With a new regulation, the EU border agency has set up its own aerial surveillance with aircraft. With the arrival of drones, migration control with the “Multipurpose Aerial Surveillance” has become much more effective, but presumably also more expensive.
For more than a year, the EU border agency has stationed an Israeli Heron 1 long-range drone in Malta, and another drone now patrols the airspace around the Greek island of Crete. Frontex, however, does not want to disclose how much money a flight hour costs. Thus, it cannot be compared whether the drones are more expensive than manned aircraft on behalf of Frontex, as suspected.
With a new regulation, Frontex received permission in 2016 to purchase its own equipment. Immediately, the agency began leasing charter aircraft for aerial surveillance as part of a “Multipurpose Aerial Surveillance” (MAS). This made Frontex independent of borrowing planes and helicopters, which previously had to be requested from EU Member States in the framework of Agency missions.
Manned and unmanned MAS flights
For its aerial surveillance activities, Frontex enters into framework agreements with charter companies, which provide the aircraft, the staff needed to operate and maintain them, and the technical infrastructure for transmitting the recorded data. Such agreements have been made for four different types of aircraft with EASP AIR BV (Netherlands) and DEA Aviation (UK). Frontex hires the drone flights from Malta and Crete from the German Airbus subsidiary in Bremen.
At first, Frontex flew aircraft on behalf of Italy over the central Mediterranean and in the Libyan sea rescue zone in search of refugees trying to reach European territory in boats. If Frontex discovers them, it also informs the authorities in Libya. The coast guard there then brings the people back to North Africa. This cooperation is known as ‘pullbacks’, which human rights organisations classify as illegal under international law.
In 2018, Croatia asked the service for a land border for the first time. Subsequently, Frontex has expanded aerial surveillance to other regions. However, most MAS flights continue to take place over maritime areas.
Almost 17,000 ‘migrants’ detected in 2020
For the first time, the agency gives figures on missions and flight hours. According to Frontex’s answer to a question by MEP Özlem Demirel, seven planes, one helicopter and one drone flew as part of the MAS service in 2020. A total of 1,030 “surveillance missions” with a duration of 4,701 operating hours had been completed.
Frontex detected 406 “events” and 16,804 “migrants” in this way. In about half of the cases, the persons were in distress at sea. In 119 cases, Frontex said it had made notifications to the Libyan coastguard, about three times the number in 2019.
In 2021, deployments of Frontex’s MAS service fell to less than half, while the number of flight hours decreased by only about a quarter, to 3,554. However, despite fewer launches, there were significantly more sightings than in the previous year. According to the Frontex reply to MEP Demirel, a total of 461 incidents and 24,299 “migrants” had been detected in 2021. Unlike in 2020, almost all of these were reported to have been maritime emergencies.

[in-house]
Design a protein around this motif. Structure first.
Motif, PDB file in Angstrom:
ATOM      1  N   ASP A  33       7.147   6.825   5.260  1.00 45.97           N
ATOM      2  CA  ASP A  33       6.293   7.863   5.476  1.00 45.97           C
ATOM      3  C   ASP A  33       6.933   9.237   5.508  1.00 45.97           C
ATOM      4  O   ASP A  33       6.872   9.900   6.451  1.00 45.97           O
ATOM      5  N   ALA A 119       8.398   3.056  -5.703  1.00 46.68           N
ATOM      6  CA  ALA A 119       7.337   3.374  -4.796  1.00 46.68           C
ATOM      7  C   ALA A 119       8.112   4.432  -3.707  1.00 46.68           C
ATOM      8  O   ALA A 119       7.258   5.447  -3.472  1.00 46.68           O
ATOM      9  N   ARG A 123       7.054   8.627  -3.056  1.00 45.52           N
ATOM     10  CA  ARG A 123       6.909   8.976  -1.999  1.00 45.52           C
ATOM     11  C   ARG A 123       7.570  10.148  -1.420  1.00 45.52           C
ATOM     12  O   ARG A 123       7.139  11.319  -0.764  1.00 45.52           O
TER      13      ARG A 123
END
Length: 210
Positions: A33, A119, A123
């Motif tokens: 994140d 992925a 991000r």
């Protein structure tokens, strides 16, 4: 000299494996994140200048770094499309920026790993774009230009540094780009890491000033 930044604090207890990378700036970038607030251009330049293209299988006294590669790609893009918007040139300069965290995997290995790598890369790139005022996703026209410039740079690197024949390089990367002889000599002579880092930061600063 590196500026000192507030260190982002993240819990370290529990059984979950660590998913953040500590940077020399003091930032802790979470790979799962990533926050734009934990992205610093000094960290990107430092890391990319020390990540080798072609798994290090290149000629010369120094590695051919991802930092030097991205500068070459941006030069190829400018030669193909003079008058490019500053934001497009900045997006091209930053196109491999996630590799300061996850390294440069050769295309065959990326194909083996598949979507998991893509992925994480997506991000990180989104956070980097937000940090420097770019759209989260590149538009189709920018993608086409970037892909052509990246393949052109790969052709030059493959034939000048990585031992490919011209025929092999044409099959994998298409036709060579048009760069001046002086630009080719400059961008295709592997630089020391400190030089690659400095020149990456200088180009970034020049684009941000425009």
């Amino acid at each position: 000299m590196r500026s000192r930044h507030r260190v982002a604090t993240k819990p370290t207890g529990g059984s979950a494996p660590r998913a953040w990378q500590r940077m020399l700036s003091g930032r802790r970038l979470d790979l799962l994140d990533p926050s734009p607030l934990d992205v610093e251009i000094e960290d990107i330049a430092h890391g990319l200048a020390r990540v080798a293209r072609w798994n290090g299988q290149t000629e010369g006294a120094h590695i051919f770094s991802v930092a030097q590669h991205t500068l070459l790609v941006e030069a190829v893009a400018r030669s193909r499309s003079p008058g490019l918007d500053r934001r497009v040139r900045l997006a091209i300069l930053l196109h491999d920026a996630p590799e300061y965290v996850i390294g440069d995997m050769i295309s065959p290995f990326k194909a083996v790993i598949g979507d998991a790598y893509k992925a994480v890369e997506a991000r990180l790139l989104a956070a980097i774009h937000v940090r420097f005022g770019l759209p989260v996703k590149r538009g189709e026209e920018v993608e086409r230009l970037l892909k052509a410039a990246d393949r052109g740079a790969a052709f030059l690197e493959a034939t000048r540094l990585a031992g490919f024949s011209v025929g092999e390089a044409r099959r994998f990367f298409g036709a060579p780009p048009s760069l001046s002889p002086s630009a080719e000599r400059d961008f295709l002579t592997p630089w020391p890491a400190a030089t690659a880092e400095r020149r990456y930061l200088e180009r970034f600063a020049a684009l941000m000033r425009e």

Significantly more flying hours with drones
The reason for the striking changes is likely to be the start of drone flights from Malta, while the operational hours of the aircraft became fewer. The Heron 1’s missions are also extremely effective compared to the aircraft. The drone stays in the air for up to 20 hours, significantly longer than the manned fixed-wing aircraft or helicopters that Frontex had also used in the Mediterranean.
However, it is unclear whether the drone flights are not disproportionately expensive. The framework contract with Airbus for flights with the Heron 1 is worth €50 million, and the 1,200 flight hours agreed in it have since been supplemented by an additional 1,870 flight hours. According to the calculations, a single flight hour would cost €16.286 at the present time. However, this does not include the additional costs for the extension of the contract.
Under the same framework agreement, Airbus will also complete an additional 1,200 flight hours from the airport Tympaki in Crete on 182 calendar days. The operations are to take place exclusively in the airspace of Greece and will not cross other Member States or third countries. Airbus has now completed all the required test flights and demonstrated the airworthiness of the system. The Greek Coast Guard and the Civil Aviation Authority have approved the flight plan. This week saw the first documented flight of Heron 1 in the Ionian Sea.
€200 million for Frontex aerial surveillance
Frontex refuses to give concrete figures on the cost of an hour’s flight. The information is “commercially sensitive data” that cannot be disclosed. This is what a Frontex official wrote to MEP Demirel, who asked a third time about the expenses, this time informally by e-mail.
So it is not possible to compare whether the drone flights are disproportionately more expensive than the manned charters. In total, Frontex has already spent well over €200 million on its own aerial surveillance MAS service in various framework contracts.
The MAS flights will be expanded once again. For the current year 2022, in addition to Greece, Bulgaria, Slovakia, Belgium and Malta have also requested the service to monitor their borders. In the latter two countries, the missions have not yet begun. An Italian request submitted at the end of 2021, the start of which was delayed for unknown reasons, is also still being implemented.
Image: The launch of the drone mission in July in Greece (Greek government).